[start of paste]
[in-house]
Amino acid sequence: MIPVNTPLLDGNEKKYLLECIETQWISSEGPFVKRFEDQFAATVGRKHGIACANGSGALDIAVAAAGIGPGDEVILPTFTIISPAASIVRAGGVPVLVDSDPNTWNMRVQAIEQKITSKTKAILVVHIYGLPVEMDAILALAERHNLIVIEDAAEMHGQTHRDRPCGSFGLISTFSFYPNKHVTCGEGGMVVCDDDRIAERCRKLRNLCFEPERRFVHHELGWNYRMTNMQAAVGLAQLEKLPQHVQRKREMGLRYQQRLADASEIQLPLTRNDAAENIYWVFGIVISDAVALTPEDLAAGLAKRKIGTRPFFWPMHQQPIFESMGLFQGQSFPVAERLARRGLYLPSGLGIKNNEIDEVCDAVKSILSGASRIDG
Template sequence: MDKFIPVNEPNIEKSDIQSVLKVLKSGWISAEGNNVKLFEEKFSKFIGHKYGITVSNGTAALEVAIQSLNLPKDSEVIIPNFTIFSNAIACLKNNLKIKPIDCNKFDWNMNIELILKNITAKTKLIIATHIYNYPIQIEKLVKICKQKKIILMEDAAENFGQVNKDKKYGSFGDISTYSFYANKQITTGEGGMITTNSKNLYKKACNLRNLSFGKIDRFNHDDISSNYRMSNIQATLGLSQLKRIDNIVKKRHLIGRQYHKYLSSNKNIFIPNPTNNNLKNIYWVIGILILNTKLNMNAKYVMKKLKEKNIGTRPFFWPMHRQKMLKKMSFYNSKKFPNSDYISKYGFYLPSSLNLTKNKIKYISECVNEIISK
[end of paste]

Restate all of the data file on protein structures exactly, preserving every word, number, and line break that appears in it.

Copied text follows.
[in-house]
Amino acid sequence: MIPVNTPLLDGNEKKYLLECIETQWISSEGPFVKRFEDQFAATVGRKHGIACANGSGALDIAVAAAGIGPGDEVILPTFTIISPAASIVRAGGVPVLVDSDPNTWNMRVQAIEQKITSKTKAILVVHIYGLPVEMDAILALAERHNLIVIEDAAEMHGQTHRDRPCGSFGLISTFSFYPNKHVTCGEGGMVVCDDDRIAERCRKLRNLCFEPERRFVHHELGWNYRMTNMQAAVGLAQLEKLPQHVQRKREMGLRYQQRLADASEIQLPLTRNDAAENIYWVFGIVISDAVALTPEDLAAGLAKRKIGTRPFFWPMHQQPIFESMGLFQGQSFPVAERLARRGLYLPSGLGIKNNEIDEVCDAVKSILSGASRIDG
Template sequence: MDKFIPVNEPNIEKSDIQSVLKVLKSGWISAEGNNVKLFEEKFSKFIGHKYGITVSNGTAALEVAIQSLNLPKDSEVIIPNFTIFSNAIACLKNNLKIKPIDCNKFDWNMNIELILKNITAKTKLIIATHIYNYPIQIEKLVKICKQKKIILMEDAAENFGQVNKDKKYGSFGDISTYSFYANKQITTGEGGMITTNSKNLYKKACNLRNLSFGKIDRFNHDDISSNYRMSNIQATLGLSQLKRIDNIVKKRHLIGRQYHKYLSSNKNIFIPNPTNNNLKNIYWVIGILILNTKLNMNAKYVMKKLKEKNIGTRPFFWPMHRQKMLKKMSFYNSKKFPNSDYISKYGFYLPSSLNLTKNKIKYISECVNEIISK